THE BLOG

Are NYC Theaters Truly Like Other Regional Theaters? Debatable.

06/17/2013 08:21 am ET | Updated Aug 17, 2013

To me the Tony Awards is about honoring excellence on Broadway. With a few awards, including special honors and the Regional Theatre Tony, the Tony Awards Administration Committee reaches beyond Broadway. But I've always believed, in the mushy center of my heart, that the awards in general are striving to celebrate the best in theater. (That is why I don't agree with allowing Motown and The Rascals to perform on the telecast.) This is not to say I always believe the nominees and winners are the best in theater; often I don't agree with the choices. For example, I think Lilla Crawford should have been nominated over Valisia LeKae. Everyone who has spoken to me in recent weeks knows that, while I totally enjoyed Tony winner Kinky Boots, I think Matilda was the best new musical I've seen in many seasons. Nevertheless I still think the purpose of the awards is really to recognize (someone's version of) the brightest lights of the season. So one would think I would applaud the decision to allow New York City resident theaters to be awarded the Regional Theatre Tony -- after all, if they are the best, they should not be discriminated against based on geography. Except it's more complicated than all of that, and I worry about this decision.

There has been talk throughout my career of allowing NYC theaters to get the Regional Theatre Tony. They've wanted it. I've always thought it was sort of a ridiculous, greedy desire. New York theaters are supported by the New York press and the New York community in a way regional theaters often are not supported by their towns/cities. Rapture, Blister, Burn at Playwrights Horizons got more attention than the show's ongoing production at the Huntington Theatre (this year's Regional Theatre winner) has received. The Rapture, Blister, Burn hype arose during the show's NYC run despite the fact that there is more theatrical competition in New York than there is in Boston. And Boston is a city where theater is very respected and supported. Now, you could argue that the NYC production was a world premiere with a television star in it and, had those variables been accounted for, my argument would fail. I don't think so however.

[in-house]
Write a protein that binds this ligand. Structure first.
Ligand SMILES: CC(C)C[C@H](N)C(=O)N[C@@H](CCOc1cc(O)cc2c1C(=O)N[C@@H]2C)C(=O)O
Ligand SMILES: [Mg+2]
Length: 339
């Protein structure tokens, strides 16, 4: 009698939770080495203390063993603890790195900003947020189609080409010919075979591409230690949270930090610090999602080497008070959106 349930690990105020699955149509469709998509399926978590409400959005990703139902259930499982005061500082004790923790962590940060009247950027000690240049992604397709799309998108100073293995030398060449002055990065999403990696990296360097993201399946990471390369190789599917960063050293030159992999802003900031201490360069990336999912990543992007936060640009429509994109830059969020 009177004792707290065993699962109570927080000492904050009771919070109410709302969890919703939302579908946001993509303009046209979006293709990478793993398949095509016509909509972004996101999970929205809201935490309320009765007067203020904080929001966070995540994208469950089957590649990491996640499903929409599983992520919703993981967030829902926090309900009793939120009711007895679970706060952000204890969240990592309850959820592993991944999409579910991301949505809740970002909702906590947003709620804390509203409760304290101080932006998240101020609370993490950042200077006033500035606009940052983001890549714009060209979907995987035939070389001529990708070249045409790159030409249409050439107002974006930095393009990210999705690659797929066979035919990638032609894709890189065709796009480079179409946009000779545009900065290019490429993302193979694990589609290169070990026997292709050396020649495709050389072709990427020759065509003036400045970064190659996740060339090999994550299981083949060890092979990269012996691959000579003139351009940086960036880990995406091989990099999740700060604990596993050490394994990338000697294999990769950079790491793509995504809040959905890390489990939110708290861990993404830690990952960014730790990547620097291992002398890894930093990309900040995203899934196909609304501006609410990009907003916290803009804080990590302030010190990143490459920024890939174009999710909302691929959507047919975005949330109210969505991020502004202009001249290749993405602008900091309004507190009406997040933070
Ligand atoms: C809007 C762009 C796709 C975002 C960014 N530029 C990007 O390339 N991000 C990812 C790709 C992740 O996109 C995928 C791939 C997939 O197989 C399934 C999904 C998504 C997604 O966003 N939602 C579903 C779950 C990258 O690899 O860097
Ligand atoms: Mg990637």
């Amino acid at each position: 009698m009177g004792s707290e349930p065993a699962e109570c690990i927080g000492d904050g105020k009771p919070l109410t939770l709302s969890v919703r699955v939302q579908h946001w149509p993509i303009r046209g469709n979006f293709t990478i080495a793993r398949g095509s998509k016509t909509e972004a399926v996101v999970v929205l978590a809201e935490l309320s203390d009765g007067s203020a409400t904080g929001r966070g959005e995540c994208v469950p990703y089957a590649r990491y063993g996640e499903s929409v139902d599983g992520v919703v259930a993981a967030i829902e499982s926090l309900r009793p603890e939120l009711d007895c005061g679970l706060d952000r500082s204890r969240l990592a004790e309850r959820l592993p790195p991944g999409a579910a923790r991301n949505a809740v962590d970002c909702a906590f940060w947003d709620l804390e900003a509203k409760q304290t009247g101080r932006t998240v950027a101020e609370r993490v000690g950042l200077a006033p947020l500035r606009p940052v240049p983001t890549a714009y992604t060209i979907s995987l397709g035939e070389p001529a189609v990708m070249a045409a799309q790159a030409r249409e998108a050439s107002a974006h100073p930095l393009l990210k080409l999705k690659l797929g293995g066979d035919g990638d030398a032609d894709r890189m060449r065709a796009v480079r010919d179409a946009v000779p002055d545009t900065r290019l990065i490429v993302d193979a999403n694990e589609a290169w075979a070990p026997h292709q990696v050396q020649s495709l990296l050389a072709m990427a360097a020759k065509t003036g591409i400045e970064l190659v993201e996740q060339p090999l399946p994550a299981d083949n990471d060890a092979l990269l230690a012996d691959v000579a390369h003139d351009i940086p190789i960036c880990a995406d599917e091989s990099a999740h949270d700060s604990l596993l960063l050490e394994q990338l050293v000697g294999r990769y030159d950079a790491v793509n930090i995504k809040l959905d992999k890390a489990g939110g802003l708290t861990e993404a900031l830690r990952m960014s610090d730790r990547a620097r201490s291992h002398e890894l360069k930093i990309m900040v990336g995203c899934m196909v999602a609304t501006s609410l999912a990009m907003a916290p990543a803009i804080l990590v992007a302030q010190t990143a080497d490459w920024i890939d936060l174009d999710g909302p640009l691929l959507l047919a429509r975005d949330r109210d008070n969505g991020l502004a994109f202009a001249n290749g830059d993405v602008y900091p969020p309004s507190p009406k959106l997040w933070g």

Even if you discount the above point, there are more problems with this newly redefined Tony Award. First, it's unclear who is eligible. Nothing in the release said that non-profit companies with Broadway houses (Lincoln Center Theater, Manhattan Theatre Club and Roundabout) would be ineligible. However, when I followed up with the Tony press people, I was told that in fact those theaters would not be able to take the award. I then asked at what time a company became ineligible. Second Stage has announced a Broadway home -- the Helen Hayes -- but it is yet to present anything there. Would it be eligible? (I have yet to receive a response from the Tony press office in regards to this inquiry, but will add a comment to this article if I do.)

Then there is the biggest problem -- the politics of it all. Those of you not in the entertainment industry might not realize the amount of campaigning that goes into these awards. A lot of campaigning is involved. There are also definitely Broadway politics. You see it all through the spring -- the jockeying, sometimes veiled but often not. I cannot even imagine the "secret" campaigning that is now going to go on for this award. Every major NY theater is going to start romancing Administration Committee members and friends of Administration Committee members and friends of friends of Administration Committee members. They can do it so much more easily than out-of-town theater folks can. After all, Tim Sanford (AD of Playwrights) has a better chance of running into Administration Committee member Margo Lion at a party than Howard Shalwitz (AD of the Woolly Mammoth Theatre Company) does. That stuff matters for all awards in every industry. It shouldn't, but it does.

I am not against honoring New York non-profits. Many of them do great work. Their staffs work tirelessly hard to present a full season of theater. Some do it with corporate funding, some scrape by with funding from friends and a lot of prop donations. They are no less deserving of a Tony than a theater in Kansas City. I just don't know if they need a Regional Theatre Tony Award. I would have preferred a Special Award, an unknown surprise. But we have what we have now. It will be interesting to see if a NYC theater takes the prize next season -- I am sure all the NYC companies (with the exception of LCT, MTC and Roundabout, of course) believe it will be one of them. Though it has been a mere seven years since we all thought Jonathan Pryce would win the inaugural Best Replacement Tony and look how that turned out.